PHOENIX -- With four catchers in camp, the A's could make the decision-making process much easier by making a designated hitter out of John Jaso.
The idea isn't a new one, after all, since talk surfaced months ago. Jaso's defensive abilities have never been considered strong, and he's acknowledged himself that it's his bat that's led him this far.
Then there's the July concussion that forced Jaso to miss the rest of the season. He's completely healthy now and no worse than he was before it happened, so the A's could decide to limit his time behind the plate to prevent a repeat of last year.
But Bob Melvin isn't having any of it.
Not right now, at least. The A's manager has gone out of his way more than once this spring to make clear that Jaso is viewed as a catcher -- no matter reports that say otherwise.
"We'll see how it plays out in spring," said Melvin. "I think a lot has been written about him potentially DHing, but that potentially may not be the case. As long as he's healthy and catching is not an issue for him health-wise, he's going to be a catcher.
"I'm not ruling out anything, but first and foremost, we're looking at him to be a catcher."
This is a relief for Jaso.
"That is nice to hear," the 30-year-old said Tuesday. "I know there's a lot of scrutiny about my catching, so to hear people notice good things I do is nice. Everyone can be a critic. I know I've always been able to hit, and that's what's been able to get me this far and keep me up here. But I do take pride in catching. If I'm catching, my No. 1 priority is to get the win for the pitcher and keep his ERA as low as possible. That's my priority throughout the game. Catching is something I never want taken away."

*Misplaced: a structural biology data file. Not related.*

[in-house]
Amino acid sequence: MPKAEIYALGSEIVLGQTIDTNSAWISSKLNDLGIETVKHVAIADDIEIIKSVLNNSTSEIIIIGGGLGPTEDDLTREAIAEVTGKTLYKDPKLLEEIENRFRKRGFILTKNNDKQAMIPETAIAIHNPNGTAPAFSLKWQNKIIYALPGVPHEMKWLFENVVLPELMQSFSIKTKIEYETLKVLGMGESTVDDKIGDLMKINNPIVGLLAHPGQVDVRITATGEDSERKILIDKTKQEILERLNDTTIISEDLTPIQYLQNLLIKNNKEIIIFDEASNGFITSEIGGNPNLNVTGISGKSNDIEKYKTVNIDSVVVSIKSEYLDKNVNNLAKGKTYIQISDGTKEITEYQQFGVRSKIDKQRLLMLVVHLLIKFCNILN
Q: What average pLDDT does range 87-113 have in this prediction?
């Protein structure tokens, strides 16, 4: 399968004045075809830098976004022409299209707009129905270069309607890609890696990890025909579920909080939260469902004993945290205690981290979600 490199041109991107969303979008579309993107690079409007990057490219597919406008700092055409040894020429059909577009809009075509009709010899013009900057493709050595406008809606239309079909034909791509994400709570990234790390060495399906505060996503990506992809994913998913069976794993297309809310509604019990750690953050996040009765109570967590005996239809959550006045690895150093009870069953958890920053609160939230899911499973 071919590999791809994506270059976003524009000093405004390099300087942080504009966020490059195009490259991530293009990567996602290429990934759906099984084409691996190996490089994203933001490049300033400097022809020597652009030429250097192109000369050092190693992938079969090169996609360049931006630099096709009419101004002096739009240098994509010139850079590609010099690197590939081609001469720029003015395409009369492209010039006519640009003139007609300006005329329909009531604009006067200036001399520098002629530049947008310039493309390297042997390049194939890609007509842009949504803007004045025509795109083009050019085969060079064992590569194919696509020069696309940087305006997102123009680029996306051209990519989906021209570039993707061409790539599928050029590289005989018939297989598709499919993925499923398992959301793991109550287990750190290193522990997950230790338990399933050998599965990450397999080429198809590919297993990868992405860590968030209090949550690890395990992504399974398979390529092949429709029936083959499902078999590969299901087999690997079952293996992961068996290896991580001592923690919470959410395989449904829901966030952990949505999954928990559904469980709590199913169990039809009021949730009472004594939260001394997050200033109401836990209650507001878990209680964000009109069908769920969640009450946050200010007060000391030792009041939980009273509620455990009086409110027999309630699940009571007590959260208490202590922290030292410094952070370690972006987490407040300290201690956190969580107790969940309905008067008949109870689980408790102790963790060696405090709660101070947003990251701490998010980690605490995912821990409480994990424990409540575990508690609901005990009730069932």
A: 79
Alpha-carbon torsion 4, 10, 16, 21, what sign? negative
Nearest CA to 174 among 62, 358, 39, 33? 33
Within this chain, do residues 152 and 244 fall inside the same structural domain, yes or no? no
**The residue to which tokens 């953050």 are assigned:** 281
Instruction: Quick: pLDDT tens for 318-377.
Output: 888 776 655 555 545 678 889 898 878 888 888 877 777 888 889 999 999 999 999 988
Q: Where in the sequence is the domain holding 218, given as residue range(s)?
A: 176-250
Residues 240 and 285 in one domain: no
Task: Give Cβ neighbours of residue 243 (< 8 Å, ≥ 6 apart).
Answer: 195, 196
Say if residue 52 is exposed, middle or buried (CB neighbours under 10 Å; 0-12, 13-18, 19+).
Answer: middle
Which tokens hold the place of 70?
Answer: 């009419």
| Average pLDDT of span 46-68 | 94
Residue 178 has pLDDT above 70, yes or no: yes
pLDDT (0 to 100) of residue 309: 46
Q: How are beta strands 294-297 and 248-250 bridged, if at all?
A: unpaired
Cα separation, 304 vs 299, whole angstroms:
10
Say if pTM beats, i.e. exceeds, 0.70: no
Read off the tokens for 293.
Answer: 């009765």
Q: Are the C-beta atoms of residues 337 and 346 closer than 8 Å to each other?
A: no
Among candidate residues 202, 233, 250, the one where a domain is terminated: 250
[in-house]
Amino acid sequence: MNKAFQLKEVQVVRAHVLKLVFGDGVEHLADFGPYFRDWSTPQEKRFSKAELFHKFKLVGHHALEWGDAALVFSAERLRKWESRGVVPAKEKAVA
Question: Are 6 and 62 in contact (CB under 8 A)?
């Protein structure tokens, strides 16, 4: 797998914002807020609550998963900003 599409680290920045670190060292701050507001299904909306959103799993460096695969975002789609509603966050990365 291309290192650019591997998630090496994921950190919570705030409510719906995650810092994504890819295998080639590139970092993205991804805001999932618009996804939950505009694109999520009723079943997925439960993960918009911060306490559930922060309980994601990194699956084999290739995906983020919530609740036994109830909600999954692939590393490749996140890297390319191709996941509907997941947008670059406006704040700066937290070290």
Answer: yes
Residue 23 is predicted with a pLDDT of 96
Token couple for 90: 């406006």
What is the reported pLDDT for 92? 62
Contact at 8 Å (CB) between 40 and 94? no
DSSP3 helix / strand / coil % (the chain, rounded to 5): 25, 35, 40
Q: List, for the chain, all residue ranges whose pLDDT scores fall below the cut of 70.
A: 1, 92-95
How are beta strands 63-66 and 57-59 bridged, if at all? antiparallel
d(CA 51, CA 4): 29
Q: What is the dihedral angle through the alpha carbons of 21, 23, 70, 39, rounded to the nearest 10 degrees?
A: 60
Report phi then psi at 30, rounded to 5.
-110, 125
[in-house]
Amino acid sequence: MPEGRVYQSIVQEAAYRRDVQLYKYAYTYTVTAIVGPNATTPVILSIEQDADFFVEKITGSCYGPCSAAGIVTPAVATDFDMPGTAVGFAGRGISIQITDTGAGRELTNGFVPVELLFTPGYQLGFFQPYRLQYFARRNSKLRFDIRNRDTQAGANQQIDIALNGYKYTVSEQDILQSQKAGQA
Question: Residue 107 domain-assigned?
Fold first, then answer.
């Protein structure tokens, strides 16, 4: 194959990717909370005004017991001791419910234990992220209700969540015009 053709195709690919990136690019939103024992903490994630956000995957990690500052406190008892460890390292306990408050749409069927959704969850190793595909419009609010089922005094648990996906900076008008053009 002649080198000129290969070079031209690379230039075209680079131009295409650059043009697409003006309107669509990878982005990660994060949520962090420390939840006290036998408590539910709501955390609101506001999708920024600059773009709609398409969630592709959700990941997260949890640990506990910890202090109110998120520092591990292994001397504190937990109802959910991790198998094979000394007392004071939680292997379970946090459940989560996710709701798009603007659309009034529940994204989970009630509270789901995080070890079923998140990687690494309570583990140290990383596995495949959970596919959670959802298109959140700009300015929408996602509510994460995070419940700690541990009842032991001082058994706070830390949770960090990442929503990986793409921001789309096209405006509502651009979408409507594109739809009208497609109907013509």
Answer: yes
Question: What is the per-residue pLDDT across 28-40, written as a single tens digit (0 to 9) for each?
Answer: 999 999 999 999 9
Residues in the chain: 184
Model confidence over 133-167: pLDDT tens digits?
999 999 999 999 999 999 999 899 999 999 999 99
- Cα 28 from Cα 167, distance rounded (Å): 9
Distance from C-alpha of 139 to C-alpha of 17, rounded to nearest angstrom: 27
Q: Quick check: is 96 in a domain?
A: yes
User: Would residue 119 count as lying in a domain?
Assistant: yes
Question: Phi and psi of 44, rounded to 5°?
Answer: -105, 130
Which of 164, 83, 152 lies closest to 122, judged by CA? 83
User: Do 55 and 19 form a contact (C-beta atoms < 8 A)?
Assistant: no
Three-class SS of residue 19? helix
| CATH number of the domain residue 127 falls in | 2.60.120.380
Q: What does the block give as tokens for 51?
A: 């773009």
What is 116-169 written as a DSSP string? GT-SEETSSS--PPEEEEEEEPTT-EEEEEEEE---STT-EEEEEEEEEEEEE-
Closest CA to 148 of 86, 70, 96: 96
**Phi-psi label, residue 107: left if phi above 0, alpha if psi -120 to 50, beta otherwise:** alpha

Jaso started just his second game of the spring at catcher on Tuesday, nearly a week since he was hit by a pitch above his right elbow, forcing him out of the game after just two innings.
He celebrated by hitting a home run, his first since his last game in the Majors: July 24, 2013.
"I did hit a homer in Instructs," said Jaso of the Instructional League, "but that doesn't count, right?"
"I was talking to Coco [Crisp] on the bench about how I just want to feel what it's like to square up a ball again. I don't care if somebody catches it. I just want to feel the ball hit the meat of the bat, so that was a good result."
Still, he cared way more about getting back behind the plate, something he did 42 times for the A's last year -- he started 13 games at DH -- before his season prematurely ended. In that time, while platooning with Derek Norris, the left-handed-hitting Jaso hit .282 with a .405 on-base percentage against right-handers.
"Hitting is secondary," he said. "Getting behind the plate was what mattered to be today. Calling pitches, seeing pitches behind the plate, being ready to block a ball, all that stuff, that was definitely more important."
Jaso doesn't take his defensive deficiencies lightly. He tossed out just two of 30 attempted basestealers last year, which was the lowest mark in the American League among catchers with 30 or more games. His catcher's ERA was 3.71, which ranked last among the A's four catchers but 10th among all AL catchers with 30 or more games.
"Every area at the catching position I can improve on," he said. "I definitely want to get better at throwing. That's probably what stands out the most with me behind the plate. That takes more precedence over anything, really."
If the A's really do want to keep Jaso behind the plate, it's likely they'll start the season with only two catchers: probably Jaso and Norris, with Stephen Vogt being the odd man out despite a breakthrough performance with the club last year. That would also allow them to carry two first basemen.
"If we were to start with two catchers, that means one of the guys who was here and played an important role for us won't be here to start," said Melvin. "On a personal level that's difficult, but it's all about what you think the best mix of players is."
"I definitely don't want to lose the catcher's position," said Jaso. "I know the fill-in would be Vogty, and he's a very capable guy. He's definitely a Major League-caliber catcher. But I want to be a catcher. But however they see it necessary to get to the postseason, I'll make some sacrifices for that."
Jane Lee is a reporter for MLB.com. This story was not subject to the approval of Major League Baseball or its clubs.